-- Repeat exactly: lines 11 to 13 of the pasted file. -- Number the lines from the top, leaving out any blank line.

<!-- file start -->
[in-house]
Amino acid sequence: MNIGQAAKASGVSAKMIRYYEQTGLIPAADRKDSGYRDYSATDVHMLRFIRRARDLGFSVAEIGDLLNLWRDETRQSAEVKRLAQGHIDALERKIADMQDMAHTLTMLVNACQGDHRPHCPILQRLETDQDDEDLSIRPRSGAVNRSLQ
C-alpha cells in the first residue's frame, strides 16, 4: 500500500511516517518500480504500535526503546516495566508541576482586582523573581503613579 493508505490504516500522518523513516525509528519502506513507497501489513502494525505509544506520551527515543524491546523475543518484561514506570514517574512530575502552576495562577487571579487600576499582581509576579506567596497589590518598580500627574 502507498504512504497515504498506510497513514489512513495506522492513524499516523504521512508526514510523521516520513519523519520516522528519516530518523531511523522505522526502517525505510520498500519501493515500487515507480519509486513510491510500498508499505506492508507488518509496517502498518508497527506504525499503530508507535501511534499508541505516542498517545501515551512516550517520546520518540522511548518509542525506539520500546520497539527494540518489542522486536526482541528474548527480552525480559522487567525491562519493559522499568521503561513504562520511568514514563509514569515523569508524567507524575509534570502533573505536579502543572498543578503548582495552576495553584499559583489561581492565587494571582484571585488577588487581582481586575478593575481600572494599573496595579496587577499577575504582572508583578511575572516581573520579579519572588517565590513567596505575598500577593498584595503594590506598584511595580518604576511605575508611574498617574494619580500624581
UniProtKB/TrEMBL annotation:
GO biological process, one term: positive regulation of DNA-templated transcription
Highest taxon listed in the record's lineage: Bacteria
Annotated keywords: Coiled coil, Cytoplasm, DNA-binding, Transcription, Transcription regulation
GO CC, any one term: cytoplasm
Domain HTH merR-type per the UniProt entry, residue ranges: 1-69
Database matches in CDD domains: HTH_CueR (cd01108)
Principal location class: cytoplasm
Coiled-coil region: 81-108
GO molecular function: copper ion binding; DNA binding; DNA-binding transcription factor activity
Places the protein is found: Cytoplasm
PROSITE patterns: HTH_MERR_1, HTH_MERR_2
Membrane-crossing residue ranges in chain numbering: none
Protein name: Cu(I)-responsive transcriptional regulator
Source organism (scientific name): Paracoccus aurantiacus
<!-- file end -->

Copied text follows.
Principal location class: cytoplasm
Coiled-coil region: 81-108
GO molecular function: copper ion binding; DNA binding; DNA-binding transcription factor activity